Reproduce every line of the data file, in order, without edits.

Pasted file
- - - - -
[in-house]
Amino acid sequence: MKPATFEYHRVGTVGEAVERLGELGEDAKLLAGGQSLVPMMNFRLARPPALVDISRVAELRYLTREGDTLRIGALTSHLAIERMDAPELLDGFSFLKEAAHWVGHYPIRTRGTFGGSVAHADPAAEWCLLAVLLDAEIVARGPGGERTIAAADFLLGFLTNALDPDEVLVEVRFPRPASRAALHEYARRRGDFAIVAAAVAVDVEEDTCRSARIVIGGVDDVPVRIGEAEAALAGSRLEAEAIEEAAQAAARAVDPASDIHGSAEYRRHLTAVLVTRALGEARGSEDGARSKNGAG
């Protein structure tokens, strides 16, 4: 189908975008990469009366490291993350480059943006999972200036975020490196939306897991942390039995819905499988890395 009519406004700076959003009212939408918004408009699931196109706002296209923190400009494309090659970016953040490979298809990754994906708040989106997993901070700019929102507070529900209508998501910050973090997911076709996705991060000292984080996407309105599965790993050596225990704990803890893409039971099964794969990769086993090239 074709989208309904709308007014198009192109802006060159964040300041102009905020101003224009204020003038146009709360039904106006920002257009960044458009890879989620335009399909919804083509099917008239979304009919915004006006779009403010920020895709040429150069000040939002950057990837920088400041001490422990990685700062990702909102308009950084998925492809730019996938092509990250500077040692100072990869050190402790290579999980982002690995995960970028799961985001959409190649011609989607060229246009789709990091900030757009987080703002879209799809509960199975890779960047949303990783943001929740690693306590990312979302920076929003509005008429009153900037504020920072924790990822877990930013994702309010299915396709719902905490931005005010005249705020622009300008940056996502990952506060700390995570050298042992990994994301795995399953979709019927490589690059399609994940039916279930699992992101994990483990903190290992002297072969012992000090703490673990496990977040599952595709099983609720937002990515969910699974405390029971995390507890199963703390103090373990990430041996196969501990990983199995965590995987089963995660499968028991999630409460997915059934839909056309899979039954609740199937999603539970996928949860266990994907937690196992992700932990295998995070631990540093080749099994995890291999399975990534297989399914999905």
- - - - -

[in-house]
Amino acid sequence: MKPATFEYHRVGTVGEAVERLGELGEDAKLLAGGQSLVPMMNFRLARPPALVDISRVAELRYLTREGDTLRIGALTSHLAIERMDAPELLDGFSFLKEAAHWVGHYPIRTRGTFGGSVAHADPAAEWCLLAVLLDAEIVARGPGGERTIAAADFLLGFLTNALDPDEVLVEVRFPRPASRAALHEYARRRGDFAIVAAAVAVDVEEDTCRSARIVIGGVDDVPVRIGEAEAALAGSRLEAEAIEEAAQAAARAVDPASDIHGSAEYRRHLTAVLVTRALGEARGSEDGARSKNGAG
């Protein structure tokens, strides 16, 4: 189908975008990469009366490291993350480059943006999972200036975020490196939306897991942390039995819905499988890395 009519406004700076959003009212939408918004408009699931196109706002296209923190400009494309090659970016953040490979298809990754994906708040989106997993901070700019929102507070529900209508998501910050973090997911076709996705991060000292984080996407309105599965790993050596225990704990803890893409039971099964794969990769086993090239 074709989208309904709308007014198009192109802006060159964040300041102009905020101003224009204020003038146009709360039904106006920002257009960044458009890879989620335009399909919804083509099917008239979304009919915004006006779009403010920020895709040429150069000040939002950057990837920088400041001490422990990685700062990702909102308009950084998925492809730019996938092509990250500077040692100072990869050190402790290579999980982002690995995960970028799961985001959409190649011609989607060229246009789709990091900030757009987080703002879209799809509960199975890779960047949303990783943001929740690693306590990312979302920076929003509005008429009153900037504020920072924790990822877990930013994702309010299915396709719902905490931005005010005249705020622009300008940056996502990952506060700390995570050298042992990994994301795995399953979709019927490589690059399609994940039916279930699992992101994990483990903190290992002297072969012992000090703490673990496990977040599952595709099983609720937002990515969910699974405390029971995390507890199963703390103090373990990430041996196969501990990983199995965590995987089963995660499968028991999630409460997915059934839909056309899979039954609740199937999603539970996928949860266990994907937690196992992700932990295998995070631990540093080749099994995890291999399975990534297989399914999905």